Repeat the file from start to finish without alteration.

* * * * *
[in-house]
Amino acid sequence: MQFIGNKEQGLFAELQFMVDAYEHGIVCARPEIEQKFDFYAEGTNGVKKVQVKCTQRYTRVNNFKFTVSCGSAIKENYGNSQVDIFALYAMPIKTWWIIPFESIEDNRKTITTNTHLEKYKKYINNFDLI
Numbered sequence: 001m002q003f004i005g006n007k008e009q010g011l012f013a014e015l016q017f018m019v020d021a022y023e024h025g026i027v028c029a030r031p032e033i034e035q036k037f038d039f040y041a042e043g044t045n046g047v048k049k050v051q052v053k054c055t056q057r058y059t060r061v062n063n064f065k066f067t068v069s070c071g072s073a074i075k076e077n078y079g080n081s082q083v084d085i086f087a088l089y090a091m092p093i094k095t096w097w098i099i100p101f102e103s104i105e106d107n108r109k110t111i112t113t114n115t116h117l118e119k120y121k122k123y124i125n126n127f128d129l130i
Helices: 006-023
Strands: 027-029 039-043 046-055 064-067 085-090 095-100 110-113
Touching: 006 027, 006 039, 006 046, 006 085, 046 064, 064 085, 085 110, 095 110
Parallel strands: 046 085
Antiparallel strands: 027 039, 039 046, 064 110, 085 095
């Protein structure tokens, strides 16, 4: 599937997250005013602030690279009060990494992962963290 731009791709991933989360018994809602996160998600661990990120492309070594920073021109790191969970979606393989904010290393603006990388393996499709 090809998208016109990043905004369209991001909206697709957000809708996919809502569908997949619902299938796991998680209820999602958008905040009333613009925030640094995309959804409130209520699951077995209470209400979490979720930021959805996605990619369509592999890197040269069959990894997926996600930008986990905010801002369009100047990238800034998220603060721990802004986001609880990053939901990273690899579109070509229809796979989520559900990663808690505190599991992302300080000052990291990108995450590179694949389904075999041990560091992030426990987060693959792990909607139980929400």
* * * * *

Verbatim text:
[in-house]
Amino acid sequence: MQFIGNKEQGLFAELQFMVDAYEHGIVCARPEIEQKFDFYAEGTNGVKKVQVKCTQRYTRVNNFKFTVSCGSAIKENYGNSQVDIFALYAMPIKTWWIIPFESIEDNRKTITTNTHLEKYKKYINNFDLI
Numbered sequence: 001m002q003f004i005g006n007k008e009q010g011l012f013a014e015l016q017f018m019v020d021a022y023e024h025g026i027v028c029a030r031p032e033i034e035q036k037f038d039f040y041a042e043g044t045n046g047v048k049k050v051q052v053k054c055t056q057r058y059t060r061v062n063n064f065k066f067t068v069s070c071g072s073a074i075k076e077n078y079g080n081s082q083v084d085i086f087a088l089y090a091m092p093i094k095t096w097w098i099i100p101f102e103s104i105e106d107n108r109k110t111i112t113t114n115t116h117l118e119k120y121k122k123y124i125n126n127f128d129l130i
Helices: 006-023
Strands: 027-029 039-043 046-055 064-067 085-090 095-100 110-113
Touching: 006 027, 006 039, 006 046, 006 085, 046 064, 064 085, 085 110, 095 110
Parallel strands: 046 085
Antiparallel strands: 027 039, 039 046, 064 110, 085 095
């Protein structure tokens, strides 16, 4: 599937997250005013602030690279009060990494992962963290 731009791709991933989360018994809602996160998600661990990120492309070594920073021109790191969970979606393989904010290393603006990388393996499709 090809998208016109990043905004369209991001909206697709957000809708996919809502569908997949619902299938796991998680209820999602958008905040009333613009925030640094995309959804409130209520699951077995209470209400979490979720930021959805996605990619369509592999890197040269069959990894997926996600930008986990905010801002369009100047990238800034998220603060721990802004986001609880990053939901990273690899579109070509229809796979989520559900990663808690505190599991992302300080000052990291990108995450590179694949389904075999041990560091992030426990987060693959792990909607139980929400």